Trump's shaky start in Tulsa
The news from the president's first campaign rally in months had nothing to do with crowd sizes
For the thousands of people in the audience it was the Elvis '68 Comeback Special. For the members of the press it was Fyre Festival. For the rest of us watching from home, it was a standard Donald Trump campaign rally.
The president's appearance in Tulsa on Saturday, which did not quite fill the 19,000-seat indoor arena booked for it, is already being treated as a referendum on his re-election chances with voters in a state that he won by 36 percent four years ago. This is true even of the journalists who are happy to accept the idea that the event was not full because thousands of tickets had been assigned to young people who deliberately requested them with no plans of showing up. Whether his unpopularity, Tik-Tok shenanigans, some totally mysterious third case (e.g., people not wanting to attend a crowded indoor event at which few if any persons in the audience were likely to be wearing masks) is responsible for the lower-than-expected turnout is an open question. It is also a very boring one. Nothing confirms me in my long-held view that this president and the journalists who moan about him for a living deserve one another more than both sides' willingness to squabble about crowd figures.
But what actually happened? Trump complained about "fake-news CNN" and called for the reopening of schools in the fall. He hypothesized about a female victim of home invasion "whose husband is away as a traveling salesman or whatever he may do." He observed that the coronavirus has "more names than any disease in history" and that "many people call it a virus, which it is." (He claimed that he was aware of at least 19 such names, including "Kung Flu.") He told the audience that they were "lucky" he was president and spoke amid raucous applause for "brand-new gorgeous helicopters" and the multitude of televisions on Air Force One. He suggested making flag burning illegal, under penalty of a year's imprisonment. He frequently used language that would have given the broadcast a rating of TV-14 if it had appeared as a scripted program. He mused about how his supporters are "the elite," not journalists, who are not elite because among other reasons he has "better hair" and "better carpets" than them. He denounced the Swedish and Brazilian responses to the pandemic. He talked for 15 minutes about ramps. He performatively drank a glass of water, a feat that could be seen as a normal part of anyone being asked to speak at great length or, alternately, as evidence that he is the "GREATEST. PRESIDENT. EVER." You decide.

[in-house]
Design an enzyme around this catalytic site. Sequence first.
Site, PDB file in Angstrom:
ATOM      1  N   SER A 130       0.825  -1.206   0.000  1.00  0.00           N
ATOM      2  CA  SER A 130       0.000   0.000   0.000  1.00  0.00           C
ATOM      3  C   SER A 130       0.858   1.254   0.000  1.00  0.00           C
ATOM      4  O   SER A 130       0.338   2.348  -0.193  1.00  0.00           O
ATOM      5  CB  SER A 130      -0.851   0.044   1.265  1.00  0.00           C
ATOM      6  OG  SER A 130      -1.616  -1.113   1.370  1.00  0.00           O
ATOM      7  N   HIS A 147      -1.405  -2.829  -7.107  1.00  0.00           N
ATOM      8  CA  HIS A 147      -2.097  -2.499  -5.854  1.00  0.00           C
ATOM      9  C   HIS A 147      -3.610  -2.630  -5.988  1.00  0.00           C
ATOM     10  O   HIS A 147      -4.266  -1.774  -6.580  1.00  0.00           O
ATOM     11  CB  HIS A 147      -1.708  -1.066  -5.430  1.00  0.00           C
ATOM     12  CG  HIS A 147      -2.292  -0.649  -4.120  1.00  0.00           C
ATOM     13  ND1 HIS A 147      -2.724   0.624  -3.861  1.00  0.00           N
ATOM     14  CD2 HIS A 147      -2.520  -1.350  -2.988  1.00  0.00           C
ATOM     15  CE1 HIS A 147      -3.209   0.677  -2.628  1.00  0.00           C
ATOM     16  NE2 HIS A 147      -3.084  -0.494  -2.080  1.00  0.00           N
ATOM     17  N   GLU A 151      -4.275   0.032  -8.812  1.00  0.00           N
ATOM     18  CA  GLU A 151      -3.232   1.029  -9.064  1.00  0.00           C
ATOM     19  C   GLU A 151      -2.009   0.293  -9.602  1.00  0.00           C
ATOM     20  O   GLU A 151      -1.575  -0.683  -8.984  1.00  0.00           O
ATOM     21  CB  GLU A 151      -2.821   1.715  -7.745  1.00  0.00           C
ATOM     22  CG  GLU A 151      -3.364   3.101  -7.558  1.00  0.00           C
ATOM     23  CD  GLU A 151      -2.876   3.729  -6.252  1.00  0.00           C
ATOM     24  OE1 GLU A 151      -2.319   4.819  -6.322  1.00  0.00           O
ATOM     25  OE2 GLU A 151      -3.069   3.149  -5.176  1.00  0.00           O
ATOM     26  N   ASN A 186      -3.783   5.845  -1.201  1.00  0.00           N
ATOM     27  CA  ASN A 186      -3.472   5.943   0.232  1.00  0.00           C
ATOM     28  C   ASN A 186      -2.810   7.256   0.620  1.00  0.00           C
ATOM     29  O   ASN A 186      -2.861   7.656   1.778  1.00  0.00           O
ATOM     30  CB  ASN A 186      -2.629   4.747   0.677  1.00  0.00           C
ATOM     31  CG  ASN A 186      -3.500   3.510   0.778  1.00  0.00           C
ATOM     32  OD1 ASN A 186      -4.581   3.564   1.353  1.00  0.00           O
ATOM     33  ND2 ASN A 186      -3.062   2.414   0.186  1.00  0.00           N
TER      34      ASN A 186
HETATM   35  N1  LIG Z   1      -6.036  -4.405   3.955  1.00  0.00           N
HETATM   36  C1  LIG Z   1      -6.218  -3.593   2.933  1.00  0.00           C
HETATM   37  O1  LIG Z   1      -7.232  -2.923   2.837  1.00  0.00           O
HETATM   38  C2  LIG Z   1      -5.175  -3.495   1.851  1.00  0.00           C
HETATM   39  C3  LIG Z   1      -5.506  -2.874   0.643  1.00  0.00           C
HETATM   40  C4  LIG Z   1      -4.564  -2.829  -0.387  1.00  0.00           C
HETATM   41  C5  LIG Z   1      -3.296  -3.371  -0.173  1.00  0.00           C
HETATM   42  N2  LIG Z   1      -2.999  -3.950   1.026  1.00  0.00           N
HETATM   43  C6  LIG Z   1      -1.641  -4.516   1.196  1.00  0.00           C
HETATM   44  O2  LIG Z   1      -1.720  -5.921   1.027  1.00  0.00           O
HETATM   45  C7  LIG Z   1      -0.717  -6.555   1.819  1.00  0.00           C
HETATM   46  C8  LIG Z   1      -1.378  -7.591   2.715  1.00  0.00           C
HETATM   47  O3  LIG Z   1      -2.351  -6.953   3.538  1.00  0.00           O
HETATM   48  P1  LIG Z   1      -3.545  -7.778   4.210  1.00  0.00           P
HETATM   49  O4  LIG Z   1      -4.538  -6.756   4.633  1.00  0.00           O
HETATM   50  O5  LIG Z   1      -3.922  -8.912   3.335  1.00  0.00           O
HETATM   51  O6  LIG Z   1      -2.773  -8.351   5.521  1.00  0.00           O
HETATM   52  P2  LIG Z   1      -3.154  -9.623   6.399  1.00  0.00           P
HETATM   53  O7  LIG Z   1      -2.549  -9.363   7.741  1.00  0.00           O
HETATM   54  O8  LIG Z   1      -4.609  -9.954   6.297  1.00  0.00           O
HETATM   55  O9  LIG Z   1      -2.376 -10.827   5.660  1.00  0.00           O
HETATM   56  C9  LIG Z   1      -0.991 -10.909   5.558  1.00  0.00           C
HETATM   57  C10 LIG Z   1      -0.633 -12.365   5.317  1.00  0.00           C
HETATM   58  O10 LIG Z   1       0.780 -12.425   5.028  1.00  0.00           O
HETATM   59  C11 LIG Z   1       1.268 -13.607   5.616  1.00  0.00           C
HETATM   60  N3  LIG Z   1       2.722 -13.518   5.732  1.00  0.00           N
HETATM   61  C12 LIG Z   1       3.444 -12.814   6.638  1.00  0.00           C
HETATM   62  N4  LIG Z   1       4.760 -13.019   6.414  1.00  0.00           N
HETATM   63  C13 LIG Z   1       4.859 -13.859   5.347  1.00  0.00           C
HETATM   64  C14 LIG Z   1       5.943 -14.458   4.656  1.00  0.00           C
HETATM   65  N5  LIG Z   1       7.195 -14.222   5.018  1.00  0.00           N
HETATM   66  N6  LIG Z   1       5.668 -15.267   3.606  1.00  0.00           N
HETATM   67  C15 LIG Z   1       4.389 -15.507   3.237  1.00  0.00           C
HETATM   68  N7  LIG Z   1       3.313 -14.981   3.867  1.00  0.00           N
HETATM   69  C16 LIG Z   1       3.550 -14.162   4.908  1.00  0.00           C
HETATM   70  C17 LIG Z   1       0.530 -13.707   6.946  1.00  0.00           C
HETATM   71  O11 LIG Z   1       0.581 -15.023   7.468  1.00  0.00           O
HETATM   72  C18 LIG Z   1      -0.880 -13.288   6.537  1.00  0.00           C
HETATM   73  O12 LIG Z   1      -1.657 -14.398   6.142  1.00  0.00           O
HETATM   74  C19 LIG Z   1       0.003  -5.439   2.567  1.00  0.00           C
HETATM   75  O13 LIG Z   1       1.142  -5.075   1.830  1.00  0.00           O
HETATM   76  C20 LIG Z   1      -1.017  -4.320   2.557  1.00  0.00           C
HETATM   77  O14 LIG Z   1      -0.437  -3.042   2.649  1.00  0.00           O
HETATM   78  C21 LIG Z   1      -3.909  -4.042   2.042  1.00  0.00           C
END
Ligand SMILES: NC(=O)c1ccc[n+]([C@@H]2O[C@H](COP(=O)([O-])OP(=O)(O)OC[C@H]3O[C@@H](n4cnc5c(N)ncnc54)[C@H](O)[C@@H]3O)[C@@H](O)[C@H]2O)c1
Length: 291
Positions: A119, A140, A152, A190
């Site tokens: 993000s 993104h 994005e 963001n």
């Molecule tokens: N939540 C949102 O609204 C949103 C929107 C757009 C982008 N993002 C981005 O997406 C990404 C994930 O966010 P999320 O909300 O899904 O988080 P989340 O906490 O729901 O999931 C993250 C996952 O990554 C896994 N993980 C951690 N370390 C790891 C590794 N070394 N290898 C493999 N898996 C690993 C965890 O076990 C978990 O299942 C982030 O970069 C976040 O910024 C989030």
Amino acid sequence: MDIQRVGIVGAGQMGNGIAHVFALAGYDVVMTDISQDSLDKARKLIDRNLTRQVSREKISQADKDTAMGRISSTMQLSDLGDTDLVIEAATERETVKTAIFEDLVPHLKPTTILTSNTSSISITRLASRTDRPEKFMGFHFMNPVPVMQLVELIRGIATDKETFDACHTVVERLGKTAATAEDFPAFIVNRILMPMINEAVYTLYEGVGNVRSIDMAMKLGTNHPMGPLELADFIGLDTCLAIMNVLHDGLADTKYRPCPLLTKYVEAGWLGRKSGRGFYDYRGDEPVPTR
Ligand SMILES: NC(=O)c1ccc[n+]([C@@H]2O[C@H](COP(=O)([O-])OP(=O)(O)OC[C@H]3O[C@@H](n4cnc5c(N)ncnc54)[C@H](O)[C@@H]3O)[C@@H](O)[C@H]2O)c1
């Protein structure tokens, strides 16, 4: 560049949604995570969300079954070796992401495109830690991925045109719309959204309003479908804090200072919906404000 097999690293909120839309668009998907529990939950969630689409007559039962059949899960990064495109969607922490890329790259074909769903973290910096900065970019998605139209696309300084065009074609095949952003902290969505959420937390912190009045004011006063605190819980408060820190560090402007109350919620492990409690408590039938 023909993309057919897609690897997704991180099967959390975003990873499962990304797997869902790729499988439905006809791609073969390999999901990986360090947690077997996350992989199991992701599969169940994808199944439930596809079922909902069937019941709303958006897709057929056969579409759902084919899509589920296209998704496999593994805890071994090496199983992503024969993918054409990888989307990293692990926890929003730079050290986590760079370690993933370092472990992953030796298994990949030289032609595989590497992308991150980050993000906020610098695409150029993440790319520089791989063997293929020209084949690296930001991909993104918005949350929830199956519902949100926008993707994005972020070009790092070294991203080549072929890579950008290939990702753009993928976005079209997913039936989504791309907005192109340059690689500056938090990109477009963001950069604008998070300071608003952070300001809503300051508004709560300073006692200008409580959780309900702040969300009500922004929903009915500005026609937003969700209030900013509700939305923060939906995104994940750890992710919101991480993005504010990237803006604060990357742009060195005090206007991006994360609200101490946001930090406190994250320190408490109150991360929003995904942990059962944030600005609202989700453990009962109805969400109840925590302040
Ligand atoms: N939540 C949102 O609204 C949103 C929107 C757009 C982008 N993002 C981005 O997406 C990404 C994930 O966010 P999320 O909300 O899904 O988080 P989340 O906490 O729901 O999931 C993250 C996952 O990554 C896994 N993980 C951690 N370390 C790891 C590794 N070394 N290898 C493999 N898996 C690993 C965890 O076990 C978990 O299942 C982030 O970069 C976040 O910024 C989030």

One thing Trump did not mention in his two hours of remarks was the death of George Floyd, whose killing on May 25 has led to nationwide calls for police reform and set in motion rioting, looting, the destruction of monuments, the creation of a quasi-sovereign landlocked nation within the borders of downtown Seattle, and the de facto abandonment of pandemic social distancing measures. Another was Juneteenth, the holiday he has previously taken (in the case of certain audiences probably somewhat deserved) credit for popularizing after rescheduling the rally in question, which had originally been scheduled for the 19th.
My overall impression was that Trump is still somewhat uncertain about how he intends to go about campaigning in the months between now and November. Will the boos we heard when he mentioned Neil Gorsuch convince him not to seize upon his first Supreme Court nominee as a rousing success? Will he continue to equivocate about the pandemic, simultaneously crediting his (limited and almost certainly inadequate) border control measures from months ago with saving hundreds of thousands of lives and winking at people who do not take the virus seriously? Whatever the answer is, he will soon learn that, while there may be a sizable portion of the American public for whom the horrors of flag burning are an issue of paramount importance, they do not make up a vast majority, silent or otherwise, much less the exceedingly narrow one he will need again in a state like Michigan.
Saturday's show, the first on Trump's reunion tour, was for diehards only. Pretty soon he is going to ignore the deep cuts and start playing the hits, including the ones he hasn't written yet about the economic recovery that is still far from assured.
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